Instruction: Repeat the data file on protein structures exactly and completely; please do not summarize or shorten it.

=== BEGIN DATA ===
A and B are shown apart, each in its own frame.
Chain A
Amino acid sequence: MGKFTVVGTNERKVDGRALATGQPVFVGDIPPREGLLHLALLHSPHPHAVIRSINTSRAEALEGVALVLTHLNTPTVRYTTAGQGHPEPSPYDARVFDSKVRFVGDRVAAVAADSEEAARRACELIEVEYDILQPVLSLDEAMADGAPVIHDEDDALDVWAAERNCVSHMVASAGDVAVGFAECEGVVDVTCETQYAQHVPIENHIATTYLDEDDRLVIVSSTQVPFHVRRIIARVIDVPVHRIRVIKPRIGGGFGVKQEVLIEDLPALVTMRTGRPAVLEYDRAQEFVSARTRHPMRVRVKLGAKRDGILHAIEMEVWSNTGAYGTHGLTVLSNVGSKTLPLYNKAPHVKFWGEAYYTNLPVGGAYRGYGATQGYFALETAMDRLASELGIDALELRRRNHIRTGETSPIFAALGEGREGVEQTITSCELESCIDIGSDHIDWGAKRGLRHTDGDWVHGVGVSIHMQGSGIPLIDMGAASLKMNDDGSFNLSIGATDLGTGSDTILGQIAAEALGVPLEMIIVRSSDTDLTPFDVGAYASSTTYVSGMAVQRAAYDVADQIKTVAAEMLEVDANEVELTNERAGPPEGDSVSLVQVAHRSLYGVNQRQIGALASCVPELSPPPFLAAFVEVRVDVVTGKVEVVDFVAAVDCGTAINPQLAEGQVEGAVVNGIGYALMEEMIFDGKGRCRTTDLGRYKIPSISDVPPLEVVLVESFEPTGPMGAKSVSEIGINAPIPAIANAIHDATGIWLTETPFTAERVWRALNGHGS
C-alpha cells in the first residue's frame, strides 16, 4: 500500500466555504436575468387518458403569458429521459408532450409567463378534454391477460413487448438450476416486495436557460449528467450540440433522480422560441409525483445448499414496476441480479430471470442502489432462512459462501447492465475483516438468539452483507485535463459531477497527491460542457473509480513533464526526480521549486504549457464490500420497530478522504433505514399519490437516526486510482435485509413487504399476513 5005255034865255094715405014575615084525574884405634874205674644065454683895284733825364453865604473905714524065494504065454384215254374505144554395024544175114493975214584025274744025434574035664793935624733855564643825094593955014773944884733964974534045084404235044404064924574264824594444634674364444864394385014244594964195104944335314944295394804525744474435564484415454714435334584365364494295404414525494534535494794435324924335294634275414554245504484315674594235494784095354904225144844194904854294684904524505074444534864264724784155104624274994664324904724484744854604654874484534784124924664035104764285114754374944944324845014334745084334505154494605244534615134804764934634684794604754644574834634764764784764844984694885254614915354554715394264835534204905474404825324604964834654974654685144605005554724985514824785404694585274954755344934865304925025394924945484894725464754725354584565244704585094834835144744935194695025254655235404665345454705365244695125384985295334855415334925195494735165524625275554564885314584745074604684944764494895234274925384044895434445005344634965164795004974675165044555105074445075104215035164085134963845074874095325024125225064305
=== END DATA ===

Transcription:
A and B are shown apart, each in its own frame.
Chain A
Amino acid sequence: MGKFTVVGTNERKVDGRALATGQPVFVGDIPPREGLLHLALLHSPHPHAVIRSINTSRAEALEGVALVLTHLNTPTVRYTTAGQGHPEPSPYDARVFDSKVRFVGDRVAAVAADSEEAARRACELIEVEYDILQPVLSLDEAMADGAPVIHDEDDALDVWAAERNCVSHMVASAGDVAVGFAECEGVVDVTCETQYAQHVPIENHIATTYLDEDDRLVIVSSTQVPFHVRRIIARVIDVPVHRIRVIKPRIGGGFGVKQEVLIEDLPALVTMRTGRPAVLEYDRAQEFVSARTRHPMRVRVKLGAKRDGILHAIEMEVWSNTGAYGTHGLTVLSNVGSKTLPLYNKAPHVKFWGEAYYTNLPVGGAYRGYGATQGYFALETAMDRLASELGIDALELRRRNHIRTGETSPIFAALGEGREGVEQTITSCELESCIDIGSDHIDWGAKRGLRHTDGDWVHGVGVSIHMQGSGIPLIDMGAASLKMNDDGSFNLSIGATDLGTGSDTILGQIAAEALGVPLEMIIVRSSDTDLTPFDVGAYASSTTYVSGMAVQRAAYDVADQIKTVAAEMLEVDANEVELTNERAGPPEGDSVSLVQVAHRSLYGVNQRQIGALASCVPELSPPPFLAAFVEVRVDVVTGKVEVVDFVAAVDCGTAINPQLAEGQVEGAVVNGIGYALMEEMIFDGKGRCRTTDLGRYKIPSISDVPPLEVVLVESFEPTGPMGAKSVSEIGINAPIPAIANAIHDATGIWLTETPFTAERVWRALNGHGS
C-alpha cells in the first residue's frame, strides 16, 4: 500500500466555504436575468387518458403569458429521459408532450409567463378534454391477460413487448438450476416486495436557460449528467450540440433522480422560441409525483445448499414496476441480479430471470442502489432462512459462501447492465475483516438468539452483507485535463459531477497527491460542457473509480513533464526526480521549486504549457464490500420497530478522504433505514399519490437516526486510482435485509413487504399476513 5005255034865255094715405014575615084525574884405634874205674644065454683895284733825364453865604473905714524065494504065454384215254374505144554395024544175114493975214584025274744025434574035664793935624733855564643825094593955014773944884733964974534045084404235044404064924574264824594444634674364444864394385014244594964195104944335314944295394804525744474435564484415454714435334584365364494295404414525494534535494794435324924335294634275414554245504484315674594235494784095354904225144844194904854294684904524505074444534864264724784155104624274994664324904724484744854604654874484534784124924664035104764285114754374944944324845014334745084334505154494605244534615134804764934634684794604754644574834634764764784764844984694885254614915354554715394264835534204905474404825324604964834654974654685144605005554724985514824785404694585274954755344934865304925025394924945484894725464754725354584565244704585094834835144744935194695025254655235404665345454705365244695125384985295334855415334925195494735165524625275554564885314584745074604684944764494895234274925384044895434445005344634965164795004974675165044555105074445075104215035164085134963845074874095325024125225064305